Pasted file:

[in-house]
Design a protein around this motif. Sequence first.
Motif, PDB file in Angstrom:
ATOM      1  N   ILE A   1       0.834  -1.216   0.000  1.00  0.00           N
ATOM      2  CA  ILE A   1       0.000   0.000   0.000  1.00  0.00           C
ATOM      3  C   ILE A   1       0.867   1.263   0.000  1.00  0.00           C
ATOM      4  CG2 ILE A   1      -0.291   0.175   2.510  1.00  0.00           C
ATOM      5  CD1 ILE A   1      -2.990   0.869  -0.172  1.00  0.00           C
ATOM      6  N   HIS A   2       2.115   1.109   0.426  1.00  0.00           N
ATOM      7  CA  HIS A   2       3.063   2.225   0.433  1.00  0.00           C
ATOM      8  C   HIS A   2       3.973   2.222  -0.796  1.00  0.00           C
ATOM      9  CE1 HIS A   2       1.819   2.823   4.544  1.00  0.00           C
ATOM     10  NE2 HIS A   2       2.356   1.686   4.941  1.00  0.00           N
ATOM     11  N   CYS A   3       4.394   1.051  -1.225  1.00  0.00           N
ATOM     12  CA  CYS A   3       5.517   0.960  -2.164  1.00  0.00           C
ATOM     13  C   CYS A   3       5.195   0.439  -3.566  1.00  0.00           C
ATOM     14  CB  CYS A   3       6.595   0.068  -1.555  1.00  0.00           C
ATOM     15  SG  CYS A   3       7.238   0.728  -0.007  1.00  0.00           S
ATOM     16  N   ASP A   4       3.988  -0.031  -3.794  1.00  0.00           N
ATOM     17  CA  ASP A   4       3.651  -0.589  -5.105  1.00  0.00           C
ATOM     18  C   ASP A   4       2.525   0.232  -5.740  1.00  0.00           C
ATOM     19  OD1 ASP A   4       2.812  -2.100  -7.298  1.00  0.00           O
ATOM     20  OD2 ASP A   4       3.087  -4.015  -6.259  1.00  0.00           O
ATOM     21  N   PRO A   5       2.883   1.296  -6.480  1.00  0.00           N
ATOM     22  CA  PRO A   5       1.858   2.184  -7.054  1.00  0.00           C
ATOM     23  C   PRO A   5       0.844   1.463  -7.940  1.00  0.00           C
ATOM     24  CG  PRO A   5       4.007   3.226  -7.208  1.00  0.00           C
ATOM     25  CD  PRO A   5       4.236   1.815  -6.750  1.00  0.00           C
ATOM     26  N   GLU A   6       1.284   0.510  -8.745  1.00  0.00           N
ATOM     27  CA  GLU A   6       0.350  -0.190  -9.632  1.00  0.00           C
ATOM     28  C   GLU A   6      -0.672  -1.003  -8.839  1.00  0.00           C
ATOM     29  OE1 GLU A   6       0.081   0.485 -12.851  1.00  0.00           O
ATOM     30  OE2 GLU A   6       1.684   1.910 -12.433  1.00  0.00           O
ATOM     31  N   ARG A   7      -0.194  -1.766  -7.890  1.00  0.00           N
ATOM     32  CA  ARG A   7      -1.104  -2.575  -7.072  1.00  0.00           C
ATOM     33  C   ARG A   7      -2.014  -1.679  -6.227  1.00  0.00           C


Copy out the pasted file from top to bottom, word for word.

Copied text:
[in-house]
Design a protein around this motif. Sequence first.
Motif, PDB file in Angstrom:
ATOM      1  N   ILE A   1       0.834  -1.216   0.000  1.00  0.00           N
ATOM      2  CA  ILE A   1       0.000   0.000   0.000  1.00  0.00           C
ATOM      3  C   ILE A   1       0.867   1.263   0.000  1.00  0.00           C
ATOM      4  CG2 ILE A   1      -0.291   0.175   2.510  1.00  0.00           C
ATOM      5  CD1 ILE A   1      -2.990   0.869  -0.172  1.00  0.00           C
ATOM      6  N   HIS A   2       2.115   1.109   0.426  1.00  0.00           N
ATOM      7  CA  HIS A   2       3.063   2.225   0.433  1.00  0.00           C
ATOM      8  C   HIS A   2       3.973   2.222  -0.796  1.00  0.00           C
ATOM      9  CE1 HIS A   2       1.819   2.823   4.544  1.00  0.00           C
ATOM     10  NE2 HIS A   2       2.356   1.686   4.941  1.00  0.00           N
ATOM     11  N   CYS A   3       4.394   1.051  -1.225  1.00  0.00           N
ATOM     12  CA  CYS A   3       5.517   0.960  -2.164  1.00  0.00           C
ATOM     13  C   CYS A   3       5.195   0.439  -3.566  1.00  0.00           C
ATOM     14  CB  CYS A   3       6.595   0.068  -1.555  1.00  0.00           C
ATOM     15  SG  CYS A   3       7.238   0.728  -0.007  1.00  0.00           S
ATOM     16  N   ASP A   4       3.988  -0.031  -3.794  1.00  0.00           N
ATOM     17  CA  ASP A   4       3.651  -0.589  -5.105  1.00  0.00           C
ATOM     18  C   ASP A   4       2.525   0.232  -5.740  1.00  0.00           C
ATOM     19  OD1 ASP A   4       2.812  -2.100  -7.298  1.00  0.00           O
ATOM     20  OD2 ASP A   4       3.087  -4.015  -6.259  1.00  0.00           O
ATOM     21  N   PRO A   5       2.883   1.296  -6.480  1.00  0.00           N
ATOM     22  CA  PRO A   5       1.858   2.184  -7.054  1.00  0.00           C
ATOM     23  C   PRO A   5       0.844   1.463  -7.940  1.00  0.00           C
ATOM     24  CG  PRO A   5       4.007   3.226  -7.208  1.00  0.00           C
ATOM     25  CD  PRO A   5       4.236   1.815  -6.750  1.00  0.00           C
ATOM     26  N   GLU A   6       1.284   0.510  -8.745  1.00  0.00           N
ATOM     27  CA  GLU A   6       0.350  -0.190  -9.632  1.00  0.00           C
ATOM     28  C   GLU A   6      -0.672  -1.003  -8.839  1.00  0.00           C
ATOM     29  OE1 GLU A   6       0.081   0.485 -12.851  1.00  0.00           O
ATOM     30  OE2 GLU A   6       1.684   1.910 -12.433  1.00  0.00           O
ATOM     31  N   ARG A   7      -0.194  -1.766  -7.890  1.00  0.00           N
ATOM     32  CA  ARG A   7      -1.104  -2.575  -7.072  1.00  0.00           C
ATOM     33  C   ARG A   7      -2.014  -1.679  -6.227  1.00  0.00           C